RIGHTS VIOLATIONS AS A MATTER OF COURSE

INVOLUNTARY COMMITMENT AND FORCED PSYCHIATRIC DRUGGING IN THE TRIAL COURTS: RIGHTS VIOLATIONS AS A MATTER OF COURSE
JAMES B. (JIM) GOTTSTEIN*

http://psychrights.org/Research/Legal/25AkLRev51Gottstein2008.pdf

A commonly-held belief is that locking up and forcibly drugging people
diagnosed with mental illness is in their best interests as well as society’s as a
whole. The truth is far different. Rather than protecting the public from harm,
public safety is decreased. Rather than helping psychiatric respondents, many
are greatly harmed. The evidence on this is clear. Constitutional, statutory, and
judge-made law, if followed, would protect psychiatric respondents from being
erroneously deprived of their freedom and right to decline psychiatric drugs.
However, lawyers representing psychiatric respondents, and judges hearing
these cases uncritically reflect society’s beliefs and do not engage in legitimate
legal processes when conducting involuntarily commitment and forced
drugging proceedings. By abandoning their core principle of zealous advocacy,
lawyers representing psychiatric respondents interpose little, if any, defense and
are not discovering and presenting to judges the evidence of the harm to their
clients. By abandoning their core principle of being faithful to the law, judges
have become instruments of oppression, rather than protectors of the rights of
the downtrodden. While this Article focuses on Alaska, similar processes may be
found in other United States’ jurisdictions, with only the details differing.
TABLE OF CONTENTS
I. INTRODUCTION…………………………………………………………………………….. 53
II. MYERS AND WETHERHORN………………………………………………………….. 55

Teen tied and shocked for hours; mom calls it “torture”

Video of a disabled teen tied down and given painful electric shocks for seven hours should be made public, the youth’s mother said, so everyone can see what she describes as the “torture” her son went through at the controversial school, the only one in Massachusetts that uses pain to treat its clients.

“This is worse than a nightmare,” Cheryl McCollins said about her disabled son, Andre. “It is horrific. And poor Andre, who had to suffer through this, and not know why.”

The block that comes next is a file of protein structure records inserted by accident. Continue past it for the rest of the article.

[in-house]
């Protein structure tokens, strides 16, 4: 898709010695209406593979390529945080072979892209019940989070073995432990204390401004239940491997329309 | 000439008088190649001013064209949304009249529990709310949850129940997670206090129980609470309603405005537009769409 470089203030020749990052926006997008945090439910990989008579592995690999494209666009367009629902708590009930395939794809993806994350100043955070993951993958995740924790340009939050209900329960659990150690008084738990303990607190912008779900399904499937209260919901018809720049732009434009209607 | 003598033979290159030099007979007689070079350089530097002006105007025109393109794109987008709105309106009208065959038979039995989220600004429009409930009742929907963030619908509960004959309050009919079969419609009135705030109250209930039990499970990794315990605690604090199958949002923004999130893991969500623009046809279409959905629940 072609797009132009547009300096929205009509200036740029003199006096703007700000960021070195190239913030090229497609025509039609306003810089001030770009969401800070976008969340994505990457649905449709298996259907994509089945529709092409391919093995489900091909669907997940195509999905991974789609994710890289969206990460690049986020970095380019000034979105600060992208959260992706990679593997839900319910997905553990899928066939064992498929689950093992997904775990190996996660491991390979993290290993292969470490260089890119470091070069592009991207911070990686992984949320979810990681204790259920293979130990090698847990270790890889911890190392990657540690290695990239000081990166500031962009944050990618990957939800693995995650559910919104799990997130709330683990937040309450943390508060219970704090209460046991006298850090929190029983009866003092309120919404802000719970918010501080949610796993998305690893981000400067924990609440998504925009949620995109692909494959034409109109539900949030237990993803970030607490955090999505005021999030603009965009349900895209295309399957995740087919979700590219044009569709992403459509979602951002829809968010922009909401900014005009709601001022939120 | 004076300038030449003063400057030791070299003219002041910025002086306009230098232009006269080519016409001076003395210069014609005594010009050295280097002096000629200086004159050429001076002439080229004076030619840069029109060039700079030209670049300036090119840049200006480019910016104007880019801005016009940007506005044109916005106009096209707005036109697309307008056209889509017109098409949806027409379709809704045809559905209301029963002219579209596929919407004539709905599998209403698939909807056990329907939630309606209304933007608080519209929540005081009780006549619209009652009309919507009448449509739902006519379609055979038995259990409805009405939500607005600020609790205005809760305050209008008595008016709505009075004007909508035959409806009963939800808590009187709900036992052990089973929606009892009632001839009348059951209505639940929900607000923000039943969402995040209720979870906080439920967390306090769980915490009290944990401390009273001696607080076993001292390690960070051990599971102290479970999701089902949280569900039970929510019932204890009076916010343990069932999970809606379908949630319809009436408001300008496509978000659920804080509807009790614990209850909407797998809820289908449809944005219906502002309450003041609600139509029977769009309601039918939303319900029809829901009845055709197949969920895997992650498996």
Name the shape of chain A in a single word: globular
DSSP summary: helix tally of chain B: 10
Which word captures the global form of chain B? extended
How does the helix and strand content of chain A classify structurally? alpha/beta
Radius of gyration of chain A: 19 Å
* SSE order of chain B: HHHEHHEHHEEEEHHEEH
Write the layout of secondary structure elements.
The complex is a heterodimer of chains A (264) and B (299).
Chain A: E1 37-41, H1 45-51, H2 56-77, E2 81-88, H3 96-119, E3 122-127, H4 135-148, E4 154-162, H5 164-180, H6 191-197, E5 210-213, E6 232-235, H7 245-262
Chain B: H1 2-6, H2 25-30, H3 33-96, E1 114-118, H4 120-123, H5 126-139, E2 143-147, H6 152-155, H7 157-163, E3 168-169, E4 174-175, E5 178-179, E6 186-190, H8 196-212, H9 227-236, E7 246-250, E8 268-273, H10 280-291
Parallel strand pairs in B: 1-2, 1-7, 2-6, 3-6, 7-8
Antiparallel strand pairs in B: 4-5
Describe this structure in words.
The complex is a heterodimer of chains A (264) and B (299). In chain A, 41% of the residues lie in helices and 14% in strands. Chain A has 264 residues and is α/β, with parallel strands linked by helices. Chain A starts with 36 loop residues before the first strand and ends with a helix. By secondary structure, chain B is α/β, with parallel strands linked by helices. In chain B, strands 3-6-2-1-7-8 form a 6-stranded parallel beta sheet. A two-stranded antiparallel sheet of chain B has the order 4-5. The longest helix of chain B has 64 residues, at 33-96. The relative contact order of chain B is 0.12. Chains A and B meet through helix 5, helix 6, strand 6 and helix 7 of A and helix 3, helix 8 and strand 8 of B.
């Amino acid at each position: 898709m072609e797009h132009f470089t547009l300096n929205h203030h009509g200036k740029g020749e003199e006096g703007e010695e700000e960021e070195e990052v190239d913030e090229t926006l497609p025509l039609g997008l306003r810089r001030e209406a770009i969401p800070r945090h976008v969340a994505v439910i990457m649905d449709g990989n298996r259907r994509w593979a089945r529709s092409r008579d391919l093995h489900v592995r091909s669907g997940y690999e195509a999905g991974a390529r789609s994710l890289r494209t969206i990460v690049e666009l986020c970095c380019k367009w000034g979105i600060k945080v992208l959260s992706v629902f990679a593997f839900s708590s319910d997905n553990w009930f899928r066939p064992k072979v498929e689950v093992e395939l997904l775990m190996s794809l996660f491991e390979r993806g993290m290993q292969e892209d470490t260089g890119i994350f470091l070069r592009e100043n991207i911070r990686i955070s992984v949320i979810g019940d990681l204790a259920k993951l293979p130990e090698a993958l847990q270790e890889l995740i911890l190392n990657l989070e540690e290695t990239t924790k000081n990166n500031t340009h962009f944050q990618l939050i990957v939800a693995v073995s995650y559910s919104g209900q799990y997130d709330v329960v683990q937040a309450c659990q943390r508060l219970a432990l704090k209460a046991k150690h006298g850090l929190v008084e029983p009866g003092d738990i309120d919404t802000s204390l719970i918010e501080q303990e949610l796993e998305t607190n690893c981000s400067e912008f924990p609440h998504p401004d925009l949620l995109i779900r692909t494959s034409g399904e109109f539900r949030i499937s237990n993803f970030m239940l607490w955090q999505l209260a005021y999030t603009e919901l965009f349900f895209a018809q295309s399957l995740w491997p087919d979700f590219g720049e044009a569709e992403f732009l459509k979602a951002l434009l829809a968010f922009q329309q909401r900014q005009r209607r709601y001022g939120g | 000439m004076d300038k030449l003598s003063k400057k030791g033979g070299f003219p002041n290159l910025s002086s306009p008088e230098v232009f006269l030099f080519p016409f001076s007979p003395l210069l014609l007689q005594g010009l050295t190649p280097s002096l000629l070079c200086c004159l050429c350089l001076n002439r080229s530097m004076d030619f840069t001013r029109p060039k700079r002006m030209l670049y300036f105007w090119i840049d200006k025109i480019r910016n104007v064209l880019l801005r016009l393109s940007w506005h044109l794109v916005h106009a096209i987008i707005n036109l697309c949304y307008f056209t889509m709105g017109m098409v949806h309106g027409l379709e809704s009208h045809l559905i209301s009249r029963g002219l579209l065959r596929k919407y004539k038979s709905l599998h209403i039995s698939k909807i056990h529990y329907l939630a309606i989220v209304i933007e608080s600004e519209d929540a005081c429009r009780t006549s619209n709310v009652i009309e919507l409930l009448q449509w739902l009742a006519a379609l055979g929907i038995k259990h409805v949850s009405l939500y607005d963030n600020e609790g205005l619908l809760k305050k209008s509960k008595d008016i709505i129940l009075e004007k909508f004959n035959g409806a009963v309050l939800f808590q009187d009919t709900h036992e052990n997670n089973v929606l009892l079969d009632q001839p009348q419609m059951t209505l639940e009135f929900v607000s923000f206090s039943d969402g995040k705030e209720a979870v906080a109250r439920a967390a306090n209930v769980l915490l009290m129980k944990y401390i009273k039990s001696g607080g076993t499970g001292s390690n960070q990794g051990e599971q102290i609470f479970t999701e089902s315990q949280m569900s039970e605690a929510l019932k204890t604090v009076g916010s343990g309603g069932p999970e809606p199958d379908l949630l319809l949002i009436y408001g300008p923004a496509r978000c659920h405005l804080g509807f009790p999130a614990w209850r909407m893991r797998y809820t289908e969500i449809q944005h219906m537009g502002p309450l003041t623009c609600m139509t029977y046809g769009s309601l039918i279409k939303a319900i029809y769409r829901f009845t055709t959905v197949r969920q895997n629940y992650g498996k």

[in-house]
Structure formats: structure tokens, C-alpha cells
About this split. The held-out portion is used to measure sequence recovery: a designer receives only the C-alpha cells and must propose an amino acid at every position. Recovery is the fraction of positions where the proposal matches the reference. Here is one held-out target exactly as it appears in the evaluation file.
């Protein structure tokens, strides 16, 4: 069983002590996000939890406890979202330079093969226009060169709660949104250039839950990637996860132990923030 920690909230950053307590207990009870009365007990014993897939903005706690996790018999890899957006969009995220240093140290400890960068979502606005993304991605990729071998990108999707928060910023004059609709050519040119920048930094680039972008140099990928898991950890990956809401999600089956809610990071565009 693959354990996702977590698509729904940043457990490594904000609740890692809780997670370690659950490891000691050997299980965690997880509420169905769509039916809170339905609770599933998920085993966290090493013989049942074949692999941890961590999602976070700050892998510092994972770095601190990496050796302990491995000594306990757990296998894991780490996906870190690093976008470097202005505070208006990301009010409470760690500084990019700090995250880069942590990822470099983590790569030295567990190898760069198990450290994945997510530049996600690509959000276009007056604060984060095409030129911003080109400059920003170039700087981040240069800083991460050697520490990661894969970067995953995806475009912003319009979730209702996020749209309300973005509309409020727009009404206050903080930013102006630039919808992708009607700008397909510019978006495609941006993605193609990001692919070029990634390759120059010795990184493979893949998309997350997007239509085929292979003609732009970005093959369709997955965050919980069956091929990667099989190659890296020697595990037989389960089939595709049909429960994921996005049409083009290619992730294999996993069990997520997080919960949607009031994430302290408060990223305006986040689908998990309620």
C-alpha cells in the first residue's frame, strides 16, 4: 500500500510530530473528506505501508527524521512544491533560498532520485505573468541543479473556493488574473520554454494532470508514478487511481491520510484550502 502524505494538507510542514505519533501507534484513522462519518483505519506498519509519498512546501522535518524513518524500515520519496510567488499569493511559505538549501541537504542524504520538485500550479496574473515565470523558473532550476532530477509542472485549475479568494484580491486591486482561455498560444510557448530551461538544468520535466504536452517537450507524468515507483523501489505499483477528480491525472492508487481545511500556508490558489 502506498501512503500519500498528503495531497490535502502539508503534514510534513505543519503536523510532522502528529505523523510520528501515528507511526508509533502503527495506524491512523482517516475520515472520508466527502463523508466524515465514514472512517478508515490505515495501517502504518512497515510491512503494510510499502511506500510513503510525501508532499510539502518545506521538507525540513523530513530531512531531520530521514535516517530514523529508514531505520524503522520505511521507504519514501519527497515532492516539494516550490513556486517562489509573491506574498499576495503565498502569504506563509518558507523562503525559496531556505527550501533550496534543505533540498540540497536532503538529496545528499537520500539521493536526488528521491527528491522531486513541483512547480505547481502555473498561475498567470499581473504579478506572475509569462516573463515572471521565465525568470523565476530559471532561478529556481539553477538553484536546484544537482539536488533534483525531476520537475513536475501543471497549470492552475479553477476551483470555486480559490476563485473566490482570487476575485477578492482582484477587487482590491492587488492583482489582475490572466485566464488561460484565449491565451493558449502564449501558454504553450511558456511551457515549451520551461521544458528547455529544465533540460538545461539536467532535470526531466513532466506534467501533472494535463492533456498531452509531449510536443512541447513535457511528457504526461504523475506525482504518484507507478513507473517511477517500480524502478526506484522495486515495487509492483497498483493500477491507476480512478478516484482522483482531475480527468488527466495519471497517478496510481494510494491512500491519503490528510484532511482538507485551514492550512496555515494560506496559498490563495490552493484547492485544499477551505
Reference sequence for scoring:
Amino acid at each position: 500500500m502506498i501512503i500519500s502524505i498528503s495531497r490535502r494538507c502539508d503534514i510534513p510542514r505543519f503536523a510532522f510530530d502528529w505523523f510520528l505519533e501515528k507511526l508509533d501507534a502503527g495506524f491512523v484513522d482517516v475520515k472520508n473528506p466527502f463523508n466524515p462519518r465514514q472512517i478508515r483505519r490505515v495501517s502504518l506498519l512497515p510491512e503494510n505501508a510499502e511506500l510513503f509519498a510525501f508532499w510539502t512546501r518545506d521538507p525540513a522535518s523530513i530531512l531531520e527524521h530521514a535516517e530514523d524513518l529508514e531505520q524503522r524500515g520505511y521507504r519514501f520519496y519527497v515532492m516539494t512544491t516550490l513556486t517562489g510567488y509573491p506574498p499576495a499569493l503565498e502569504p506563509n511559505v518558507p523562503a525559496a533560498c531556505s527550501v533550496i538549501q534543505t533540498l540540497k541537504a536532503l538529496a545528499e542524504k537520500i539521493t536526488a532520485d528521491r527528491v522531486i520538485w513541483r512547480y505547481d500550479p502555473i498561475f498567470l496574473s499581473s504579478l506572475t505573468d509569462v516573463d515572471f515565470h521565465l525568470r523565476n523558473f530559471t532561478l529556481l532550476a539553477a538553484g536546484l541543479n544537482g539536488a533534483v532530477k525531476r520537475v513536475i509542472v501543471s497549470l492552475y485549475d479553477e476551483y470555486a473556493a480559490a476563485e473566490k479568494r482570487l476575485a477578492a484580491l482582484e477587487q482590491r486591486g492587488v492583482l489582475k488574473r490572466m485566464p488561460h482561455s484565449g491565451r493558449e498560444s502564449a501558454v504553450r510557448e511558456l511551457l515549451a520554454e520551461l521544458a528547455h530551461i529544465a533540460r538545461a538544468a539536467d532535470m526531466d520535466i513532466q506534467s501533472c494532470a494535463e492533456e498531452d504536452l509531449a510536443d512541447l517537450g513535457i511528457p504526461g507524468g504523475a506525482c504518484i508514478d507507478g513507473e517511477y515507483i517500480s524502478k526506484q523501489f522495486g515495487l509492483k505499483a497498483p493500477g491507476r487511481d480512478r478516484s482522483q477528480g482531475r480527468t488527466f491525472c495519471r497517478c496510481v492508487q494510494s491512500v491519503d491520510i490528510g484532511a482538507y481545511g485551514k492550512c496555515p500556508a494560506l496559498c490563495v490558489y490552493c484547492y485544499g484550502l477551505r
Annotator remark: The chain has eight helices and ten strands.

The ordeal began after Andre hit a staff member. Inside a classroom, as a camera was recording, he was tied to a restraint board, face down, a helmet over his head.

He stayed like that for seven hours without a break, no food, no water, or trips to the bathroom. Each time he screamed or tensed up, he was shocked, 31 times in all. His mother called the next day to check on him.

“I said, ‘Andre.’ I said, ‘Hello.’ And so he said, ‘Help me,'” McCollins said.

After spending three days in a comatose state, not eating or drinking, Andre was taken to Children’s Hospital, where he was diagnosed with “acute stress response” caused by the shocks.

“The doctors took all the shackles and all those things off of him. Andre’s not talking to me. I’m just holding him and telling him how much I love him, and asking him please to talk to me, just tell me what happened,” McCollins said.

What happened that morning in October 2002 became clear after the Rotenberg Center showed her the video of Andre’s ordeal, recorded by the classroom camera.

“When I viewed the tape, I saw Andre walking into a room, someone asking him to take off his coat. Andre said no, they shocked him, he went underneath the table trying to get away from them. They pulled him out, tied him up and they continued to shock him,” McCollins said.

“When you look at that videotape, what was the purpose of all those shocks?” asked FOX Undercover reporter Mike Beaudet.

“I have no idea,” McCollins replied.

“Did you get an apology?” Beaudet asked.

“No, they felt what they did was therapy,” McCollins replied.

“Does that look like therapy to you?” Beaudet asked.

“No, it was torture,” McCollins said.

For now, the public can’t see for themselves what Andre’s treatment looks like because the Rotenberg Center asked a Norfolk Superior Court judge to seal the video tape, saying it would be unsettling for viewers who didn’t understand the context. The judge agreed, and the video remains under a protective order.

“This is video they fought vehemently not to release, fought vehemently to keep quiet and I think now are very concerned that this tape is out there,” said attorney Andrew Meyer, who represents Andre McCollins in a lawsuit against the Rotenberg Center.

“The Judge Rotenberg Center has consistently gotten away with being able to soft sell their treatment, to whitewash what they’ve done about it being therapeutic: ‘It’s not so bad, it helps these children.’ But the eyewitness accounts that we now have about what actually goes on at this center puts to lie everything they’ve been saying,” Meyer said.